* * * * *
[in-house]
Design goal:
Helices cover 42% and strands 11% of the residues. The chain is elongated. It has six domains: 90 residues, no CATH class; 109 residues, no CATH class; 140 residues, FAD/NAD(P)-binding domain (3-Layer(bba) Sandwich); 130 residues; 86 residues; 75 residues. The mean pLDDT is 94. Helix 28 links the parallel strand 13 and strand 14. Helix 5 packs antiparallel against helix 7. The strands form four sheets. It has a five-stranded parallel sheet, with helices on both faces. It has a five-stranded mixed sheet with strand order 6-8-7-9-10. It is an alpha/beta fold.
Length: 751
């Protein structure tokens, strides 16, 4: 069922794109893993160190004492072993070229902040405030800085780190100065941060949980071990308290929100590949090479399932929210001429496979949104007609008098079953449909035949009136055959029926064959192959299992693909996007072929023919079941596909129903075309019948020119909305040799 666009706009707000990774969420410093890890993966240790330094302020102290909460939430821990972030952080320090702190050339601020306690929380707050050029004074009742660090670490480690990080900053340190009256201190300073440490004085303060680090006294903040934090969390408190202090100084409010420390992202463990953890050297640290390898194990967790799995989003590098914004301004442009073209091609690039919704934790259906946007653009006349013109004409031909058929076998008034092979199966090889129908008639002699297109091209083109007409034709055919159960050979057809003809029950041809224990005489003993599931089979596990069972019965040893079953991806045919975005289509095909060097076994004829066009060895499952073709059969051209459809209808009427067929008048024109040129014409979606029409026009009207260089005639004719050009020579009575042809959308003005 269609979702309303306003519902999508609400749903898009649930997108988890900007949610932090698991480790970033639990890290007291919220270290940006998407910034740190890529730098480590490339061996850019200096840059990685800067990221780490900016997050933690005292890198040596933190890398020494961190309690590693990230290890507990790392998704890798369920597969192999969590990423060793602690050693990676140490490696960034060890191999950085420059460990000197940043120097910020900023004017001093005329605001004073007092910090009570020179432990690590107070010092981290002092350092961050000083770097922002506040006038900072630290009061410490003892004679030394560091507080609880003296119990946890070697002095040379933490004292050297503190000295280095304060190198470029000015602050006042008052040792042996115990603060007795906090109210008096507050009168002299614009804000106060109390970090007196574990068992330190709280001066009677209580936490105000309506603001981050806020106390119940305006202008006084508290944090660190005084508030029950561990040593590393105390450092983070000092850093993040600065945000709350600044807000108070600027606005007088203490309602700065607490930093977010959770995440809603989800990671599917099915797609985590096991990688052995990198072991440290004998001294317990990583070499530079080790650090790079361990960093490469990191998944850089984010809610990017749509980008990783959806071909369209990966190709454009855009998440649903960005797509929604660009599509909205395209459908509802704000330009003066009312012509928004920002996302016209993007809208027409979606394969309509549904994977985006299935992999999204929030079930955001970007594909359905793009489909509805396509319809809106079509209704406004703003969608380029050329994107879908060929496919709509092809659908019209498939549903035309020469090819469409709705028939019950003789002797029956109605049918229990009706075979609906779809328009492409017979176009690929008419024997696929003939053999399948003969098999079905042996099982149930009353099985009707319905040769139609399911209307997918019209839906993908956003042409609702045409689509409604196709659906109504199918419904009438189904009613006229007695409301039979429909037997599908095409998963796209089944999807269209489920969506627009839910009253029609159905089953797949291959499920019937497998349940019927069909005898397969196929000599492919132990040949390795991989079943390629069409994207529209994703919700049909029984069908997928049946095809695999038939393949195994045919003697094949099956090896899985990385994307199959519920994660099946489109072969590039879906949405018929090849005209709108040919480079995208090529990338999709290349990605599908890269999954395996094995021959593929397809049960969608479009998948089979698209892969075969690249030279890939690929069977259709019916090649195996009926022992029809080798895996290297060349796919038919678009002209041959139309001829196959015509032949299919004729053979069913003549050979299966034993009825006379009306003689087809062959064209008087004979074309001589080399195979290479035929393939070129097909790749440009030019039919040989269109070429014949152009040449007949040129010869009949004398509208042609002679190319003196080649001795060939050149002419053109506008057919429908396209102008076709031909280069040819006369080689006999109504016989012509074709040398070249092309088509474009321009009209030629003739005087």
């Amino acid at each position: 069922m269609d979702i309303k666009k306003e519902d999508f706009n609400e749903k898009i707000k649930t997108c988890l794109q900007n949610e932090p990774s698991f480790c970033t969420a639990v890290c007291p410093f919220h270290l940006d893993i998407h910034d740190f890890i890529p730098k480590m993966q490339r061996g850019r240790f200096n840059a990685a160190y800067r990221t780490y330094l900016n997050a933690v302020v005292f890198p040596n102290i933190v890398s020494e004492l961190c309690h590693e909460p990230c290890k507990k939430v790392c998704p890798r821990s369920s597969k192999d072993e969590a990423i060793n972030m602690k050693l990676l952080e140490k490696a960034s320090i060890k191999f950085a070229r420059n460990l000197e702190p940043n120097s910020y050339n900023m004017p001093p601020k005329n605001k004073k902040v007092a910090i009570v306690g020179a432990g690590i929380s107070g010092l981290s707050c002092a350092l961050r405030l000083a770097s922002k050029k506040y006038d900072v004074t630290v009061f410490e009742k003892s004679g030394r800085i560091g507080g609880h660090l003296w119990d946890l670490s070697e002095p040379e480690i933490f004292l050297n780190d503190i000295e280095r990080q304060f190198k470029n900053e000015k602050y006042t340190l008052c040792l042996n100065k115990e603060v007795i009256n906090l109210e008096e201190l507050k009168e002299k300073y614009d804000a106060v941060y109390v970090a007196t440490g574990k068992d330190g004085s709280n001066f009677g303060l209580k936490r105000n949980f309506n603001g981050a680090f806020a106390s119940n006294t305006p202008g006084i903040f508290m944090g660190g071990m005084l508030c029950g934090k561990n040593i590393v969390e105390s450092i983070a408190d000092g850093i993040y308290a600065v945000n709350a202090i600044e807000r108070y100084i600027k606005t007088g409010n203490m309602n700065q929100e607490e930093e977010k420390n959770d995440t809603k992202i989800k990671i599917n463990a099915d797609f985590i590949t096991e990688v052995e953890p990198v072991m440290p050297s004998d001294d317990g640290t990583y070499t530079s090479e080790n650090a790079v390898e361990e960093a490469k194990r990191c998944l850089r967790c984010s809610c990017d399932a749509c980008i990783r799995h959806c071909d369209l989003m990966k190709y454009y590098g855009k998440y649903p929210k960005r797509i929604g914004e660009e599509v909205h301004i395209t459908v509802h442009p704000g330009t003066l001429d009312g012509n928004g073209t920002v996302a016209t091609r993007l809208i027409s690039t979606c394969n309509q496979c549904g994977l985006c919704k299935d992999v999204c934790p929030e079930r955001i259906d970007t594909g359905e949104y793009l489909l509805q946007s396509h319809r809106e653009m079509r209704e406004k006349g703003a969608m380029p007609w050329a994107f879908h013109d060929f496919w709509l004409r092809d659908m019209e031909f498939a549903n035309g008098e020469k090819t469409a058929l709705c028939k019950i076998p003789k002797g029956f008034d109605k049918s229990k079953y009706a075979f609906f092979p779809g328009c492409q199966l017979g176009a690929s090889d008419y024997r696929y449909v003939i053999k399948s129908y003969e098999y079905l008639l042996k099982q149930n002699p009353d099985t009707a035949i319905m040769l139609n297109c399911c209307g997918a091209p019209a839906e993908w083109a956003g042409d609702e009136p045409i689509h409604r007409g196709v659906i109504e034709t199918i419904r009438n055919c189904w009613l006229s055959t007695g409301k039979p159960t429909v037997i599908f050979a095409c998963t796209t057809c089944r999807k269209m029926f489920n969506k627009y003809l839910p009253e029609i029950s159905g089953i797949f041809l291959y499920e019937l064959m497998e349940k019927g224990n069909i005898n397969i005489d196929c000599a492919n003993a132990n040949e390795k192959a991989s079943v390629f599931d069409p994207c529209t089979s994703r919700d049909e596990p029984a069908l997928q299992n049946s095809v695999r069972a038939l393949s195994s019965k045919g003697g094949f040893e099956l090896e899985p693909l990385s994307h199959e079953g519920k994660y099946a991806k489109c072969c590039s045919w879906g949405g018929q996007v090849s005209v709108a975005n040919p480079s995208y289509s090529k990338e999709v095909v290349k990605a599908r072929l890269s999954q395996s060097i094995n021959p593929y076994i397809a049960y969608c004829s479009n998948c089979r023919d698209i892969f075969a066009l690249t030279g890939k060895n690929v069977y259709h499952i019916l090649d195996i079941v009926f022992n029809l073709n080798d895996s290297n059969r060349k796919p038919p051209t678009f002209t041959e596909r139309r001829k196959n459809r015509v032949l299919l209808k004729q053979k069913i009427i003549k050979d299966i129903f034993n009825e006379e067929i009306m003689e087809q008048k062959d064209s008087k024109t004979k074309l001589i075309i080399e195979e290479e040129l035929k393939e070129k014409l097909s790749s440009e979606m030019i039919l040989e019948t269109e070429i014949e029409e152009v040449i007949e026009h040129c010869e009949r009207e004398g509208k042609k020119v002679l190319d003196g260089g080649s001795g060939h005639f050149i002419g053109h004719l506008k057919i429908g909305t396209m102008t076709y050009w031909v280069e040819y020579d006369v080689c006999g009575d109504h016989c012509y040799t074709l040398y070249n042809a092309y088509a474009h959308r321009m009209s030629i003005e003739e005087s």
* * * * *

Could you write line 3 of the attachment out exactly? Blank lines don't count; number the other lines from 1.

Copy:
Helices cover 42% and strands 11% of the residues. The chain is elongated. It has six domains: 90 residues, no CATH class; 109 residues, no CATH class; 140 residues, FAD/NAD(P)-binding domain (3-Layer(bba) Sandwich); 130 residues; 86 residues; 75 residues. The mean pLDDT is 94. Helix 28 links the parallel strand 13 and strand 14. Helix 5 packs antiparallel against helix 7. The strands form four sheets. It has a five-stranded parallel sheet, with helices on both faces. It has a five-stranded mixed sheet with strand order 6-8-7-9-10. It is an alpha/beta fold.